Avoidance of apoptotic death via a hyperploid salvage survival pathway after platinum treatment in high grade serous carcinoma cell line models


The cover for issue 62 of Oncotarget features Figure 7, "Proposed model of the hyperploid pathway as a salvage survival strategy regulated by the G2-M checkpoint," by Yeung, et al.

Subpopulations of tumor cells may exhibit diverging behaviors from the bulk tumor due to an alternate stress response that diverts tumor cells from apoptotic death.

In this study, the researcher identified a salvage survival pathway in which G2-arrested tumor cells bypassed apoptosis and progressed through aberrant mitotic events to then emerge as a distinct subpopulation of viable large hyperploid cells but with uncertain long-term propagation potential.

Dr. Robert Rottapel and Dr. Andras Kapus said "High grade serous carcinoma (HGSC) of tubal-ovarian origin is an aggressive epithelial tumor with poor survival outcomes. Platinum drugs are used as part of first-line therapy and exert genotoxic effects to tumor cells"

For tumor cells lacking a functional G1-S checkpoint such as in high grade serous carcinoma where the retinoblastoma and p53 pathways are perturbed, an arrest in cell cycle at the G2 phase is critical for DNA damage repair.

Figure 7: Proposed model of the hyperploid pathway as a salvage survival strategy regulated by the G2-M checkpoint.

Figure 7: Proposed model of the hyperploid pathway as a salvage survival strategy regulated by the G2-M checkpoint. Hyperploid pathway as a salvage survival strategy after moderate to high but not extreme concentration of platinum treatment (i.e. 20–100 uM). After platinum treatment, the activation of the G2-M cell cycle checkpoint led to the initial arrest of tumor cells at the G2-phase for DNA damage repair. Under the traditional regeneration pathway, tumor cells that did not perform sufficient DNA damage repair would undergo cell death such as by apoptosis or necrosis whereas others that achieved higher level of repair would eventually emerge from the G2 arrest and progress through mitosis to produce viable daughter cells. These normal progenies would predominantly contribute to the regeneration of the tumor cell line. However, an alternate salvage survival pathway was observed in which some of the initially G2-arrested tumor cells with residual DNA damage burden could avoid apoptotic cell death and aberrantly progress through mitosis at an intermediate to late time point. The perilous entry into mitosis while carrying residual DNA damage led mostly to mitotic catastrophe cell death. But there were occasional tumor cells that managed to exit mitosis via mitotic slippage and thereby avoided mitotic death. Following mitotic slippage, subsequent less-defined processes thought to result in the duplication of the genome led these cells to a hyperploid state. Although these de novo generated hyperploid tumor cells may continue to persist in this state, some may die while a substantial fraction would undergo mitosis. The chance for successful mitotic completion depended critically on the initial platinum treatment concentration and only those that were derived from the lowest treatment concentration could produce viable progenies. It remains to be further explored whether and how these unique progenies would contribute to the diversity of the regenerating tumor cell line.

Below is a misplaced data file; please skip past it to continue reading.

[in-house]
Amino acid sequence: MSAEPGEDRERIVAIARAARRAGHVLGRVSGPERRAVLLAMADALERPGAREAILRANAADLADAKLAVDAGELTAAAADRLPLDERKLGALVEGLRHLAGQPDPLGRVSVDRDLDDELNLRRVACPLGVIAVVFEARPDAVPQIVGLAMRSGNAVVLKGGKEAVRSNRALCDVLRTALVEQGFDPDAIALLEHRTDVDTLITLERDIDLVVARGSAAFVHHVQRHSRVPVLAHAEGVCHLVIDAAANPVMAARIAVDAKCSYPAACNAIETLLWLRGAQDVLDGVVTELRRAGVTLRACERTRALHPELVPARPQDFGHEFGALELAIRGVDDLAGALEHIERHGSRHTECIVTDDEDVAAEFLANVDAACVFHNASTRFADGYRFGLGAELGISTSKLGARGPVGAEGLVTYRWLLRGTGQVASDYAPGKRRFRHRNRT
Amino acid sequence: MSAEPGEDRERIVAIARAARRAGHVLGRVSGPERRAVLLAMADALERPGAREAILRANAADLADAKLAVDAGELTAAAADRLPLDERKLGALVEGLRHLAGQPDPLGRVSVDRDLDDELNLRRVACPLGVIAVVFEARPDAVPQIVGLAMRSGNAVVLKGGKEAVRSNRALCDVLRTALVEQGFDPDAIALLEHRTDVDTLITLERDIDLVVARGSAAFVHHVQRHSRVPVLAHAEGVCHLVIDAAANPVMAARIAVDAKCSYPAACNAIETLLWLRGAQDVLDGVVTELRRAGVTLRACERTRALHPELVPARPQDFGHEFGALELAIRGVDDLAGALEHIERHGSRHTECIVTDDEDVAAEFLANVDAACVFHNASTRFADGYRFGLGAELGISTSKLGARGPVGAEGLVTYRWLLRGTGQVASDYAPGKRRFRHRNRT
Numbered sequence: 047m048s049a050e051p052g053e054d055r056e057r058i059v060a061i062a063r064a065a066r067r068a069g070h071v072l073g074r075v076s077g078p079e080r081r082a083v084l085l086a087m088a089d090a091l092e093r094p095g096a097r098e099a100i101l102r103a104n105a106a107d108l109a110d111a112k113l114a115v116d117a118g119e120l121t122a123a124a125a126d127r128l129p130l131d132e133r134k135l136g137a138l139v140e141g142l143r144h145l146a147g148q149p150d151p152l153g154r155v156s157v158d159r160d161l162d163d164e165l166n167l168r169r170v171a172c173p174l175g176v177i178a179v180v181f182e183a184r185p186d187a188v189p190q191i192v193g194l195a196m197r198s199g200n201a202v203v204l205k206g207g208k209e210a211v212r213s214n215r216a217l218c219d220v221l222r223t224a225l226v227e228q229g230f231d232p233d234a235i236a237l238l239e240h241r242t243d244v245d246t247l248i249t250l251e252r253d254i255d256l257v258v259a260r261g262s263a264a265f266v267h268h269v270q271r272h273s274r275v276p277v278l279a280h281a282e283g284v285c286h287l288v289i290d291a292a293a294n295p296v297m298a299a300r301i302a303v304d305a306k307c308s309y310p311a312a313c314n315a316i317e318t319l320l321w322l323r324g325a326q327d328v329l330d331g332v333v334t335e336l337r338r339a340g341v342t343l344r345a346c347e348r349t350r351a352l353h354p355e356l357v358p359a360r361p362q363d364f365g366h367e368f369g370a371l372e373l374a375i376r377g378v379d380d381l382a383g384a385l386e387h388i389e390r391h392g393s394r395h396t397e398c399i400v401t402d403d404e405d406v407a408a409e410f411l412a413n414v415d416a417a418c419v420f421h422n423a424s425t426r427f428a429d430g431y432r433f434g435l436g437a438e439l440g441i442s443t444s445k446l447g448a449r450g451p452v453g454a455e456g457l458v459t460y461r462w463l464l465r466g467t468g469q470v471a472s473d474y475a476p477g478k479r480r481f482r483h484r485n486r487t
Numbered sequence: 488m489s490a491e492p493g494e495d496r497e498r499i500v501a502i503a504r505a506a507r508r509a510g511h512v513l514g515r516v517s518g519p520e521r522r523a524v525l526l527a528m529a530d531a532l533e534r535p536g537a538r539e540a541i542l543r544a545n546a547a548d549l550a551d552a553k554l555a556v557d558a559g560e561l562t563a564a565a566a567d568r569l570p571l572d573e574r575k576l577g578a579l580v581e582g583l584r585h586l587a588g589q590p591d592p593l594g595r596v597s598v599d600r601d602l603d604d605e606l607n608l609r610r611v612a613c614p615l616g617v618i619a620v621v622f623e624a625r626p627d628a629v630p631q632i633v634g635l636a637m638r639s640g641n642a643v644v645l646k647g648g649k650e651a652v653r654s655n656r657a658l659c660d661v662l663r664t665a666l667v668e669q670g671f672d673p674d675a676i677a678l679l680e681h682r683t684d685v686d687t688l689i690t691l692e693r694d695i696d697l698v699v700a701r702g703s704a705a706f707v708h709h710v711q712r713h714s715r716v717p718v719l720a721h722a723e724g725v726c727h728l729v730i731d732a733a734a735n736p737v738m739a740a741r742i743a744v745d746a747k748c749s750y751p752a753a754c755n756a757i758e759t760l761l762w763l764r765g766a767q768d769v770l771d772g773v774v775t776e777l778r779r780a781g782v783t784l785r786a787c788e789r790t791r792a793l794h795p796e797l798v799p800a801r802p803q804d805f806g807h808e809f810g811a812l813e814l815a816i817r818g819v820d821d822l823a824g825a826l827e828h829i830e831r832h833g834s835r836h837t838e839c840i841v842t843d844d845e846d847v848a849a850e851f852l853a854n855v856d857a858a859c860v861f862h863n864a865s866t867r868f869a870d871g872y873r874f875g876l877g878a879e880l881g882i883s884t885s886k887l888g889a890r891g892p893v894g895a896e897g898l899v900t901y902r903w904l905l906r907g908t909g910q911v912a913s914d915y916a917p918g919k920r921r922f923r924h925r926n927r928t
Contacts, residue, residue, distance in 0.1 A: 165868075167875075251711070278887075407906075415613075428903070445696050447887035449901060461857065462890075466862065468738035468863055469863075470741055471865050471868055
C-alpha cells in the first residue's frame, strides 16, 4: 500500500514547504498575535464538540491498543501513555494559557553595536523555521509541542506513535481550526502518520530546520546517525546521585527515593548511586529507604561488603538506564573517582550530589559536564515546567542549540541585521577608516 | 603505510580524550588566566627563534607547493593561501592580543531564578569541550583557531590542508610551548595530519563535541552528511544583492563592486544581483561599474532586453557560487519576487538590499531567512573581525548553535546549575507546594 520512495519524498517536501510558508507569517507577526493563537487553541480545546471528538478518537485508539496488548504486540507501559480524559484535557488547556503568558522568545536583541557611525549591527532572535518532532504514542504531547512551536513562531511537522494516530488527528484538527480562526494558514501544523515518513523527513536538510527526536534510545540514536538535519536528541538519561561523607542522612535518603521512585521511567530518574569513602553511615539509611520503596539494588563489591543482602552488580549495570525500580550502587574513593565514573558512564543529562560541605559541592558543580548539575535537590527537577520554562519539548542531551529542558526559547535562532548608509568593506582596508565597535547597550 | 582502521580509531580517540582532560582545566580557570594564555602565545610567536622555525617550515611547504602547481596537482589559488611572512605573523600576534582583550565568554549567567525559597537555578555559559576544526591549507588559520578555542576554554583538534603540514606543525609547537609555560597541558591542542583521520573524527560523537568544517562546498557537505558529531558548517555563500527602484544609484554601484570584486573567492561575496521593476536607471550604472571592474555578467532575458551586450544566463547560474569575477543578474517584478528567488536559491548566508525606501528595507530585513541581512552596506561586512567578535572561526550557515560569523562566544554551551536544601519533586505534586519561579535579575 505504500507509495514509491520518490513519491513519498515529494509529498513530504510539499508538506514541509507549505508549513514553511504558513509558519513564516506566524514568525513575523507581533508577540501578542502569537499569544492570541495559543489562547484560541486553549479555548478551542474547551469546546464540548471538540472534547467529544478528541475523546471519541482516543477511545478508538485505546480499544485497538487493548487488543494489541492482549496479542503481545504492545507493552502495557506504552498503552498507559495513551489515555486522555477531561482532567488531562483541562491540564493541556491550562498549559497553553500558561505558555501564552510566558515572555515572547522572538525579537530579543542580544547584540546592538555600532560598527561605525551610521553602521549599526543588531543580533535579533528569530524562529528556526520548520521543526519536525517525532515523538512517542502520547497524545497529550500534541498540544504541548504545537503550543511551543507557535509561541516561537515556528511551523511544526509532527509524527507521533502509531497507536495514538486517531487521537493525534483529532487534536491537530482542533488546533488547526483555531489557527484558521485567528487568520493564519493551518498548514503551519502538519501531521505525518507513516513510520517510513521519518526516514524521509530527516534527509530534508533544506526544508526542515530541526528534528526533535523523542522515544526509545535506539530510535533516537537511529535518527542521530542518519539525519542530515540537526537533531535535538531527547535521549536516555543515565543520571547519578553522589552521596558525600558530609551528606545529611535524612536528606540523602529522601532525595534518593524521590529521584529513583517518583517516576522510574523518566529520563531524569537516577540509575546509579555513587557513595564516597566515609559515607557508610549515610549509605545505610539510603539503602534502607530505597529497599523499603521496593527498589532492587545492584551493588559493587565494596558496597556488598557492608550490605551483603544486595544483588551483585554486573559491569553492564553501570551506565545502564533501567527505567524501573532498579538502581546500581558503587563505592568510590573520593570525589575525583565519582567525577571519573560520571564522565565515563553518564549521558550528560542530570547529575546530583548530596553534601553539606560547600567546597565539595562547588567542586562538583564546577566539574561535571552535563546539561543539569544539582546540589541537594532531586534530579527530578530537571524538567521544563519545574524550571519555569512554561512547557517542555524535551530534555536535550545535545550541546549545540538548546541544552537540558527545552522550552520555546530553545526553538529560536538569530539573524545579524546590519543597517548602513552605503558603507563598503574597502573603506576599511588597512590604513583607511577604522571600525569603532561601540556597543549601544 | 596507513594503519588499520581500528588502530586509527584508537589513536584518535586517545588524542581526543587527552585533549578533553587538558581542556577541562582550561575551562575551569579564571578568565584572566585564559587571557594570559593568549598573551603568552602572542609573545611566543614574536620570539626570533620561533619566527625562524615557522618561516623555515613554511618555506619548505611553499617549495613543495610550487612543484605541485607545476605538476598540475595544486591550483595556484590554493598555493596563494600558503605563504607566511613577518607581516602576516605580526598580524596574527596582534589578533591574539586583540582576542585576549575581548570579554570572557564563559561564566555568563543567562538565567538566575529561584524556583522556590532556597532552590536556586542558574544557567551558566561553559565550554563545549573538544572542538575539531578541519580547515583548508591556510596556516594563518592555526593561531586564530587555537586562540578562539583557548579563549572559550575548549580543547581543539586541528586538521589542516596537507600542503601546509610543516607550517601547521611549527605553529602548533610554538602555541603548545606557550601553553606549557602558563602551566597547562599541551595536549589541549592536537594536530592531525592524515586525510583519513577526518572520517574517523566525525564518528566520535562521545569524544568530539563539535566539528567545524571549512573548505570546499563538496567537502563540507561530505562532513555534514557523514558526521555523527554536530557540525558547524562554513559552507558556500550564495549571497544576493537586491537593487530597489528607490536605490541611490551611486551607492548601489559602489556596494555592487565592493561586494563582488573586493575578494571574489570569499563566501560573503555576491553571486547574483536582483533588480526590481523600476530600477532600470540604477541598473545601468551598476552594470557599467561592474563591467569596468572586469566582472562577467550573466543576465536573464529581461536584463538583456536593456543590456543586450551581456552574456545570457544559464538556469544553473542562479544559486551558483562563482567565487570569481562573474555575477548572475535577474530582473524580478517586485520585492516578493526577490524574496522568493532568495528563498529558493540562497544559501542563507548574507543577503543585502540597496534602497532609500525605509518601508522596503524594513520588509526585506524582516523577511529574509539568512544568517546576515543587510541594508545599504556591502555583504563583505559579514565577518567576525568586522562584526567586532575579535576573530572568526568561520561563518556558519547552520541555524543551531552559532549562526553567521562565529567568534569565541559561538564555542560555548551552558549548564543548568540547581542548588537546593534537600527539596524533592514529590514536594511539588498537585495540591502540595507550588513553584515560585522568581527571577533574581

The entry to mitosis with residual DNA damage often results in mitotic catastrophe-mediated cell death but occasional tumor cells may circumvent mitotic death by failure to complete telekinesis and revert back to a single cell state termed mitotic slippage .

While chemotherapy treatment induces apoptotic cell death in the tumor, there are additional morphologic changes within the treated tumor field that suggest alternate mode of cell death or occasional survival via non-canonical response to treatment.

The cell cycle and DNA ploidy status are then additionally correlated with markers of key cellular programs such as the DNA damage response and G2-M cell cycle checkpoint pathway via immunofluorescence staining.

As this approach analyzes all tumor cells within a population at the single cell level, distinct subpopulational responses to treatment within the bulk tumor cell line can be revealed.

Using this refined technical approach, here we demonstrate that platinum treatment induces nuclear enlargement in the surviving cell population of several HGSC cell line models, and this in-vitro observation resembles closely to the morphologic changes seen in-vivo in patient tumors after neoadjuvant chemotherapy treatment.

The Rottapel/Kapus Research Team concluded, "The efficacy of this pathway to produce viable progenies was low and highly contingent on the initial platinum concentration that generated the hyperploid cells.

Potentially, the coupled process of hyperploidization and de-polyploidization might increase the genomic diversity of the recovering tumor cell line and contribute to acquired platinum resistance."

Full text - https://doi.org/10.18632/oncotarget.27330

Correspondence to - Robert Rottapel - [email protected] and Andras Kapus - [email protected]

Keywords - hyperploid genome, apoptosis, platinum chemotherapy, cell cycle checkpoint, ovarian cancer

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